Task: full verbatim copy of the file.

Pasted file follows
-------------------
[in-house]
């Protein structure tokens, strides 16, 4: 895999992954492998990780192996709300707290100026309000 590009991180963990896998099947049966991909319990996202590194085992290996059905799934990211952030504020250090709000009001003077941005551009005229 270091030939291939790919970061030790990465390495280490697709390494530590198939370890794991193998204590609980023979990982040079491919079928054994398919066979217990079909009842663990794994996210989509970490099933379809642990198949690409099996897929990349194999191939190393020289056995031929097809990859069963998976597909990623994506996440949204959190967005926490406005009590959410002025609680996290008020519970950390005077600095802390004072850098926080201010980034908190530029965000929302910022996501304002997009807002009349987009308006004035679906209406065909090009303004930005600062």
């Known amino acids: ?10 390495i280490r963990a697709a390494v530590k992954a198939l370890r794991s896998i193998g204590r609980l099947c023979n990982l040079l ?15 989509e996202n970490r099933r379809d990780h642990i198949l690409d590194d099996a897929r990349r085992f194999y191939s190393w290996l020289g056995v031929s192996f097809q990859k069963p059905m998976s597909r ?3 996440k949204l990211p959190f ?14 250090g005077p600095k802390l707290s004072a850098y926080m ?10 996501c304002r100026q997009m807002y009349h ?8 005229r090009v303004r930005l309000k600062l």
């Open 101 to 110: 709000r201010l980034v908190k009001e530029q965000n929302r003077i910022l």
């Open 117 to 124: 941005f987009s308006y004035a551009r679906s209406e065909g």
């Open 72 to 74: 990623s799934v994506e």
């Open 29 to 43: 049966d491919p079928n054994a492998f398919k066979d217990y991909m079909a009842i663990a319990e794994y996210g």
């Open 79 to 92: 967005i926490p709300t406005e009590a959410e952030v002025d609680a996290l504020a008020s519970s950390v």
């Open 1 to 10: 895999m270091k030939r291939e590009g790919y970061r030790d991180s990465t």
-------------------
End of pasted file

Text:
[in-house]
């Protein structure tokens, strides 16, 4: 895999992954492998990780192996709300707290100026309000 590009991180963990896998099947049966991909319990996202590194085992290996059905799934990211952030504020250090709000009001003077941005551009005229 270091030939291939790919970061030790990465390495280490697709390494530590198939370890794991193998204590609980023979990982040079491919079928054994398919066979217990079909009842663990794994996210989509970490099933379809642990198949690409099996897929990349194999191939190393020289056995031929097809990859069963998976597909990623994506996440949204959190967005926490406005009590959410002025609680996290008020519970950390005077600095802390004072850098926080201010980034908190530029965000929302910022996501304002997009807002009349987009308006004035679906209406065909090009303004930005600062």
């Known amino acids: ?10 390495i280490r963990a697709a390494v530590k992954a198939l370890r794991s896998i193998g204590r609980l099947c023979n990982l040079l ?15 989509e996202n970490r099933r379809d990780h642990i198949l690409d590194d099996a897929r990349r085992f194999y191939s190393w290996l020289g056995v031929s192996f097809q990859k069963p059905m998976s597909r ?3 996440k949204l990211p959190f ?14 250090g005077p600095k802390l707290s004072a850098y926080m ?10 996501c304002r100026q997009m807002y009349h ?8 005229r090009v303004r930005l309000k600062l």
């Open 101 to 110: 709000r201010l980034v908190k009001e530029q965000n929302r003077i910022l």
């Open 117 to 124: 941005f987009s308006y004035a551009r679906s209406e065909g």
């Open 72 to 74: 990623s799934v994506e």
């Open 29 to 43: 049966d491919p079928n054994a492998f398919k066979d217990y991909m079909a009842i663990a319990e794994y996210g």
């Open 79 to 92: 967005i926490p709300t406005e009590a959410e952030v002025d609680a996290l504020a008020s519970s950390v």
């Open 1 to 10: 895999m270091k030939r291939e590009g790919y970061r030790d991180s990465t």